• Eg Dolasetron, Granisetron, Ondansetron, Palonosetron, Ramosetron, Tropisetron
  • Used for prevention of acute chemotherapy-related nausea and vomiting and both oral and IV forms are equally effective at appropriate doses and intervals
    • Palonosetron has been shown to be effective as prophylaxis for both delayed and acute chemotherapy-related emesis
  • May also be used alone or in combination with Dexamethasone for prevention of PONV
  • Optimal effects can be seen with scheduled dosing and not PRN
  • There is limited data on the safety of serotonin 5-HT3 antagonists in pregnancy
    • Use should be restricted to treatment of refractory nausea and vomiting when other agents that have established safety and efficacy have failed
    • Ondansetron at 8 mg PO 12 hourly, 8 mg IV 12 hourly, or 1 mg/hr IV infusion x 24 hours has been given
  • Action: Primary site of action of these drugs is thought to be on the chemoreceptor trigger zone in the area postrema of the brain where the highest concentration of 5-HT3 receptors are found

Vitamin Supplementation

Pyridoxine (Vit B6)

  • Has been shown to be safe and effective in treating nausea and vomiting of pregnancy
    • May be more effective in reducing nausea than vomiting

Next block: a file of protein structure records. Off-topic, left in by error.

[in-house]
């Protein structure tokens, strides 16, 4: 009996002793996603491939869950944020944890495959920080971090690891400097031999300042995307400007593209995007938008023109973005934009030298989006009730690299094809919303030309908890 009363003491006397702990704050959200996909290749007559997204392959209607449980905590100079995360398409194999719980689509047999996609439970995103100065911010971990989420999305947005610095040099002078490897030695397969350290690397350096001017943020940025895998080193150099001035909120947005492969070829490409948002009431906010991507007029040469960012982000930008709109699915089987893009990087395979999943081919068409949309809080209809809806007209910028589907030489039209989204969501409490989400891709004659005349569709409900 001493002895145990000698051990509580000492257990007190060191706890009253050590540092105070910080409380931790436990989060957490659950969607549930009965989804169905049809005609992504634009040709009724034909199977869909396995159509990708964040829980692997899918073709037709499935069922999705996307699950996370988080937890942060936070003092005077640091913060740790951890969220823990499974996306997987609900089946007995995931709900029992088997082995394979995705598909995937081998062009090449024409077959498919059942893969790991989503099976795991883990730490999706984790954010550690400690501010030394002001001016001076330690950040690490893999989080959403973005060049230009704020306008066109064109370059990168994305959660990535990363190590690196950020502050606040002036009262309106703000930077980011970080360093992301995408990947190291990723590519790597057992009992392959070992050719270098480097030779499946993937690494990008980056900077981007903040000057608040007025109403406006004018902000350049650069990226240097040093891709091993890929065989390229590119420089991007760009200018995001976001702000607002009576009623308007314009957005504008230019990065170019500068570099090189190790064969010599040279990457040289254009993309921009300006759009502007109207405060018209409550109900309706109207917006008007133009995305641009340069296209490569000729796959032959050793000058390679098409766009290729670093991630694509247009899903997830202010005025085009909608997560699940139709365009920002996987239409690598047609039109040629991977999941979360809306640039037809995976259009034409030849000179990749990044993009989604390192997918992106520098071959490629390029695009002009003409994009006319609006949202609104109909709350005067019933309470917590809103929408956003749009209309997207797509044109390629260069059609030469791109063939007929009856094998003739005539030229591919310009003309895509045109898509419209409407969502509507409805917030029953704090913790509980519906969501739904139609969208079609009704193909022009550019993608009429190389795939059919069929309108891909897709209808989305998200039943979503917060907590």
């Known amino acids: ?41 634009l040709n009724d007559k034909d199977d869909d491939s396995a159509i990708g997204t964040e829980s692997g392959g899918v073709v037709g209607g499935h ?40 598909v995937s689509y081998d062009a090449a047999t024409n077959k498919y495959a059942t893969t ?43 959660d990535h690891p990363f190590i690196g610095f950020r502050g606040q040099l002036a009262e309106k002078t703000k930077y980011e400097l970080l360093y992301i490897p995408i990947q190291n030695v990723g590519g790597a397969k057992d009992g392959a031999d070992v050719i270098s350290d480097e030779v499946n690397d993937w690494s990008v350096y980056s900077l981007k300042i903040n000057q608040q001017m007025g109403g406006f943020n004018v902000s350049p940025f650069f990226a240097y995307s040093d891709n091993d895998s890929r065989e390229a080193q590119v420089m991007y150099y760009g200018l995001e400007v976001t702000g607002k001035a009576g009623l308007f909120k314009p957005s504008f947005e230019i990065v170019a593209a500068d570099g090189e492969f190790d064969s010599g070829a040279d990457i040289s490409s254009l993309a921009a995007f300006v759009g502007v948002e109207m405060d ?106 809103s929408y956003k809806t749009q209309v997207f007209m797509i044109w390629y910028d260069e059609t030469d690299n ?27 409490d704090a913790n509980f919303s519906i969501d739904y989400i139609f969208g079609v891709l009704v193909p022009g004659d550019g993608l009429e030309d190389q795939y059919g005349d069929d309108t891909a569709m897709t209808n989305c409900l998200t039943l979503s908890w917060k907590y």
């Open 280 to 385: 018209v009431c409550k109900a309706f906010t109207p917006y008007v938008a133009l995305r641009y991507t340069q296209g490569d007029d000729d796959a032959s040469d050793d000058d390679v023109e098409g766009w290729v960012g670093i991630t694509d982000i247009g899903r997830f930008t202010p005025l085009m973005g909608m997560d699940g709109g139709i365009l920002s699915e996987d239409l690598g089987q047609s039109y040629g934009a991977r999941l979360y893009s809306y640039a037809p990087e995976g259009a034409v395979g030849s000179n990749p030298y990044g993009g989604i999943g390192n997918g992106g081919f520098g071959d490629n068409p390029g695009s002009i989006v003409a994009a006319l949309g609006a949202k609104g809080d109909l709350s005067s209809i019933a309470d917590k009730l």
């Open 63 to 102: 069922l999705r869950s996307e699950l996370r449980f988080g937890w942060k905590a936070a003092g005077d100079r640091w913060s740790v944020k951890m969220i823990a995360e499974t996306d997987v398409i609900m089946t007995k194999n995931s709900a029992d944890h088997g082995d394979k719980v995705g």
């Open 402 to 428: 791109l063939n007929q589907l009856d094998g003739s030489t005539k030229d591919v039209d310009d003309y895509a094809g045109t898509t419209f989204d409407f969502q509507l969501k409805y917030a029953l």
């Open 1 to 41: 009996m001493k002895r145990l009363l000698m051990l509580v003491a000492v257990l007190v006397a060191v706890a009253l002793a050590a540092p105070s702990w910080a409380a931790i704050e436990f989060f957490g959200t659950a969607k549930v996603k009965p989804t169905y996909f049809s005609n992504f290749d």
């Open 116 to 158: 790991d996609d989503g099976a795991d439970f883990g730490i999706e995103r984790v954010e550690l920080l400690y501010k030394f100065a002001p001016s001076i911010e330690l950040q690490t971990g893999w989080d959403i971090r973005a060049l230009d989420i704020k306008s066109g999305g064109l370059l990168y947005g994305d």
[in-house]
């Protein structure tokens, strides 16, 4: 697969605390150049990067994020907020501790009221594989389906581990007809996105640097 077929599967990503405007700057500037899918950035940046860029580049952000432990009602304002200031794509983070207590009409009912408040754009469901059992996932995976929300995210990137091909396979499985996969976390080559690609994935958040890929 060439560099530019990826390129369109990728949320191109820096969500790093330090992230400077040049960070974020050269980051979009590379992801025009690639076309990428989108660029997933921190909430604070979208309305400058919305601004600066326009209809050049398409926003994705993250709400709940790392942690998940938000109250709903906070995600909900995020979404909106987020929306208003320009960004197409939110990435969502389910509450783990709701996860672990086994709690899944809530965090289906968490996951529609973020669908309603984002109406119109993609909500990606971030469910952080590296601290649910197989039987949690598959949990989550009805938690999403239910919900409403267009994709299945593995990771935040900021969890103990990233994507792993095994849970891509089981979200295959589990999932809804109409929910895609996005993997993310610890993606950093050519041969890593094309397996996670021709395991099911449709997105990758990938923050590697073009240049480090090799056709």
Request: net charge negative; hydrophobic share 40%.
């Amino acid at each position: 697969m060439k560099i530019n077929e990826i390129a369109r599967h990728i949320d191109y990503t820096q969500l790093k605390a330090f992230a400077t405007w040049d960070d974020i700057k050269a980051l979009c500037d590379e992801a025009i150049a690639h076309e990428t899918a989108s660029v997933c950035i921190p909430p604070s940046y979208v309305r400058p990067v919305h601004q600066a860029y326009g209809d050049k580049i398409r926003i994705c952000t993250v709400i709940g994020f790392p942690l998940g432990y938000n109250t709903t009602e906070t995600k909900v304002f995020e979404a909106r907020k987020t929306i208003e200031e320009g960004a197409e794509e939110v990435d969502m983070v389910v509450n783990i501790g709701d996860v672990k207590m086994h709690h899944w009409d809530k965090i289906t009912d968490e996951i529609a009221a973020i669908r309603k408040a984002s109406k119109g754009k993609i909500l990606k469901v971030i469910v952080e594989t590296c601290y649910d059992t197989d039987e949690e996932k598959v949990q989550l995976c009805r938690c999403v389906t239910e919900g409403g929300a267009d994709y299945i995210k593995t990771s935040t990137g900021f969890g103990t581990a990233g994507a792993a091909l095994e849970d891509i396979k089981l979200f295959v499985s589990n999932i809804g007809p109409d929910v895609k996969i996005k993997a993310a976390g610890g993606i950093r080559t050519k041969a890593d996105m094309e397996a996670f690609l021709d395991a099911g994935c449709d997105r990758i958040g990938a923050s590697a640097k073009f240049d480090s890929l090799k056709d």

• May be given as monotherapy or combined with antihistamines, eg Doxylamine

Other Agents

  • Ephedrine, gabapentinoids (eg Gabapentin, Pregabalin), Midazolam and low-dose Naloxone infusion are other antiemetics that can be used for PONV  

Cannabinoids 

  • US FDA-approved cannabinoids (Dronabinol or Nabilone) may be used to treat nausea and vomiting that is resistant to standard antiemetic therapies; evidence is still limited to recommend medical marijuana for either prevention or treatment of chemotherapy- and radiation-related nausea and vomiting
  • Start with lower doses then titrate upwards to lessen hallucinations or paranoia

Ginger Root

  • Has been shown to be effective for nausea and vomiting of pregnancy
  • Caution should be exercised when prescribing ginger because there may be variabilities between available preparations
  • Safety data is lacking, though many cultures use ginger as a spice with amounts similar to commonly prescribed therapy

Olanzapine

  • An atypical antipsychotic agent which is also used as an antiemetic agent
  • Both 3- and 4-drug Olanzapine-containing antiemetic regimens are effective in preventing acute and delayed emesis in highly and moderately emetogenic chemotherapy 
  • Can be used as an alternative agent for patients who are intolerant of Dexamethasone